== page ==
‘‘I chose not to eat meat out of health consciousness. It has been three years now. I feel healthier than before,’’ says Spinster Atieno. She admits to eating dairy products, however. To her, the degree of veganism is up to the individual. ‘‘You can choose how much animal products you eat, can’t you?’’
We may eat more today, but we also work out more than we did at Independence. Gym facilities now dot the country as do jogging trails where thousands of Kenyans exercise daily. Staying healthy and in shape is now part of the national psyche, more so among the middle class.
With more muscle, toned and chiselled bodies, the walking style for some Kenyan men has obviously had to change to something of a spring and self-assuredness of manner, with pumped-up chests. ‘‘When you work out and attain the body of your dreams, you gain more confidence. Naturally, the walking style changes,’’ says Martin Mwendwa, who owns an electronics shop in Nairobi. ‘‘It gives you more poise.’’
While the skin colour of the majority of Kenyan men has barely changed since 1963, the lighter a woman is the more attractive she is considered. The streets of Nairobi and other major cities in Kenya teem with women in different shades of skin, from the bleached to the exfoliated and the lightened.
Valued at about Sh100 billion and targeting the ever-bulging middle-class, skin lightening is easily one of the most thriving businesses in Kenya. The reason is compelling and unsurprising. Kenyans like their skin lighter than darker.
From lightening lotions to smoothing creams, gels and skin-brightening surgeries, the cosmetics market in Kenya has it all. The attitude that light skin is more appealing than dark skin is in vogue now as it was at independence. Not even the ban of 131 skin-lightening products by the Kenya Bureau of Statistics last year has slowed down the race for fair skin as the majority of the banned products continue to sell in the market unabated.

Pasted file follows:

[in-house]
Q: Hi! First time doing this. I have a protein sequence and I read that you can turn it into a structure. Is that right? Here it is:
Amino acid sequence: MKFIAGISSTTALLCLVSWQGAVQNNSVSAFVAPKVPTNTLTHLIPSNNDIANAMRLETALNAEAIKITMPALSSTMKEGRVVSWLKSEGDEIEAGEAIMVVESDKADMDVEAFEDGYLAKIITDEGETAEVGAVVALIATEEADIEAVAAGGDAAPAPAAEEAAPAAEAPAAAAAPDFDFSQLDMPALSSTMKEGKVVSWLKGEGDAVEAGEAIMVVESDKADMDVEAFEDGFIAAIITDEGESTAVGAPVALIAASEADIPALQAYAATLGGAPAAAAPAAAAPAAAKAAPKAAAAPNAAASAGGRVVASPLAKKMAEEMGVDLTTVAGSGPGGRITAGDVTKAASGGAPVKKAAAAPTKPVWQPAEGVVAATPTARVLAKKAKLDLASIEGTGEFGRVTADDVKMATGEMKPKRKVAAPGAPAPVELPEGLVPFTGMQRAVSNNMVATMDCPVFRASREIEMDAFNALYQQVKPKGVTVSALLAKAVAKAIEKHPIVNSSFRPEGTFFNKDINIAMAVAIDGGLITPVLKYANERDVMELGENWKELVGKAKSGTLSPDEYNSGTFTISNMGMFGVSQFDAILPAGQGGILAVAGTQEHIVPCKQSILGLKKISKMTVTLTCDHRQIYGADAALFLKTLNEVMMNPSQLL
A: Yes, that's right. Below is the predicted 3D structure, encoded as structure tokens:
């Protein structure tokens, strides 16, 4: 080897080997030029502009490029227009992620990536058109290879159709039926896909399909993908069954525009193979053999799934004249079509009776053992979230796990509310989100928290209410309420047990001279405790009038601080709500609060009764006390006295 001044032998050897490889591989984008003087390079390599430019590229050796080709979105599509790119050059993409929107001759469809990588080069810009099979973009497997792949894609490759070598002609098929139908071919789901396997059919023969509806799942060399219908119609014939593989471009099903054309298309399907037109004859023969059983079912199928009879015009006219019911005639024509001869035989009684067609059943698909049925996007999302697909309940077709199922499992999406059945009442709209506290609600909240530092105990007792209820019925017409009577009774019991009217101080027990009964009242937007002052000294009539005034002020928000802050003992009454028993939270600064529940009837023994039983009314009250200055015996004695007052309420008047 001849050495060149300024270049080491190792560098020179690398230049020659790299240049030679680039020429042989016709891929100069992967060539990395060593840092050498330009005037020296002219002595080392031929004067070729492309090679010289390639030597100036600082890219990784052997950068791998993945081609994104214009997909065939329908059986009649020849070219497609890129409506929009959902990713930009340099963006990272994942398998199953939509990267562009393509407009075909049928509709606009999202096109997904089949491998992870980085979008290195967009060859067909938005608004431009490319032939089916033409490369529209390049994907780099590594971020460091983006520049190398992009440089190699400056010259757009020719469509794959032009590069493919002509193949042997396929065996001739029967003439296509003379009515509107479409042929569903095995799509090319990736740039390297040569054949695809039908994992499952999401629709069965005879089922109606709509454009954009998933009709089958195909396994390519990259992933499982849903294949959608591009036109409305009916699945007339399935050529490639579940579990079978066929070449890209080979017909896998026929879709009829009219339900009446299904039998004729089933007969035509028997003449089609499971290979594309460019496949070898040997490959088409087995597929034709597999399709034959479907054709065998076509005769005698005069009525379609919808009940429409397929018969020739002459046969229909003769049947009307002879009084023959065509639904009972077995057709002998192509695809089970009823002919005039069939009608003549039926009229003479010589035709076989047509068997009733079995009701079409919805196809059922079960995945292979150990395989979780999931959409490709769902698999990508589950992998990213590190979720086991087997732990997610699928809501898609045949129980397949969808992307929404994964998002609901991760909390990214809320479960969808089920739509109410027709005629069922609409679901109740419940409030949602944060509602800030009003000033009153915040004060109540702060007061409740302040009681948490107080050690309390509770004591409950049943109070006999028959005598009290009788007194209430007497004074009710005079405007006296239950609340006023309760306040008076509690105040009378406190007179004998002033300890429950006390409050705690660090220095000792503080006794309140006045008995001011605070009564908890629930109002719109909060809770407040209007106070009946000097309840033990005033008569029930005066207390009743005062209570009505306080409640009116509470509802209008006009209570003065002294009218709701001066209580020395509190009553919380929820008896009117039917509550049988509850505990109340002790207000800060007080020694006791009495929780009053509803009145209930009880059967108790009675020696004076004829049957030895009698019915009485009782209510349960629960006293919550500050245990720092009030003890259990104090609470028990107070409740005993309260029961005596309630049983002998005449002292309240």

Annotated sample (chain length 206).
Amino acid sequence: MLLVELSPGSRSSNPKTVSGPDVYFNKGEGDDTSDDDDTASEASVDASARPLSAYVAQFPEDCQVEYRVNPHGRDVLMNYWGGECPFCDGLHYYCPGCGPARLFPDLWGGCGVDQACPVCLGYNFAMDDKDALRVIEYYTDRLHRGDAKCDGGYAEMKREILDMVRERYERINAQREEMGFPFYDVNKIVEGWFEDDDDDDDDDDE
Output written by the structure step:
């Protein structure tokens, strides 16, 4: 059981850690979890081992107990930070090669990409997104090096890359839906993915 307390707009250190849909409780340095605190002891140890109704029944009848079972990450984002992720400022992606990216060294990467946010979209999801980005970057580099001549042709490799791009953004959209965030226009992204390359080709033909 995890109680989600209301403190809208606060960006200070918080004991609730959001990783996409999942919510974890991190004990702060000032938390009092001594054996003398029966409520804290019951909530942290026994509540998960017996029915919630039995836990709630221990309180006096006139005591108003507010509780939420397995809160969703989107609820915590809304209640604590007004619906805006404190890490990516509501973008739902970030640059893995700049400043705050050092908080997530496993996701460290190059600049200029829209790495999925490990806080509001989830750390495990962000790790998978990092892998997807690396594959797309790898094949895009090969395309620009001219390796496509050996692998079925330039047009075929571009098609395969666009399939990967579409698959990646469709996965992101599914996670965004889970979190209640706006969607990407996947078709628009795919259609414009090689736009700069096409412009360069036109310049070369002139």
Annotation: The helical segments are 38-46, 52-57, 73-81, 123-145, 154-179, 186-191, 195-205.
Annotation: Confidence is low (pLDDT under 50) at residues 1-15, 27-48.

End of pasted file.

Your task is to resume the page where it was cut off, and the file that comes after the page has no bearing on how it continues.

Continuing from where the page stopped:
Lightness, though, goes beyond beauty. It is also about visibility, especially for some careers. For many years, professions such as anchors on television attracted women with light skin. These dominate the space to date.
At independence, the average Kenyan mother gave birth to eight children. Today, it appears the appeal for large families has diminished, with the fertility rate for women between 15 and 45 years at an all-time low of 3.2 per cent. In the last six years, the fertility rate has been decreasing at an average of 1.4 per cent per year, according to data from the World Bank.
This can be attributed to a number of factors, including the rising cost of living and education for women who choose to delay childbirth to pursue a career. ‘‘I have one son who is seven. I do not intend to have more children,’’ Peris Lelan, a businesswoman. ‘‘My desire is to provide the best care for him.’’
Are we more individualistic than we were six decades ago? Several factors point to the case. Today, most Kenyans spend more time at work than with people close to them. This leaves minimal time for social interactions. ‘‘Unless I share interests with people, I do not see the need to engage them. There are just too many distractions in life today to bother or be bothered by strangers,’’ argues Daniel Kimani, a physician.
‘‘I do not know my neighbours. And why should I?’’ wonders Kimani, adding that the growing individualism among Kenyans is a byproduct of the rise of social classes. ‘‘I hang out with the same people in my profession and those in the same social spaces I belong to.’’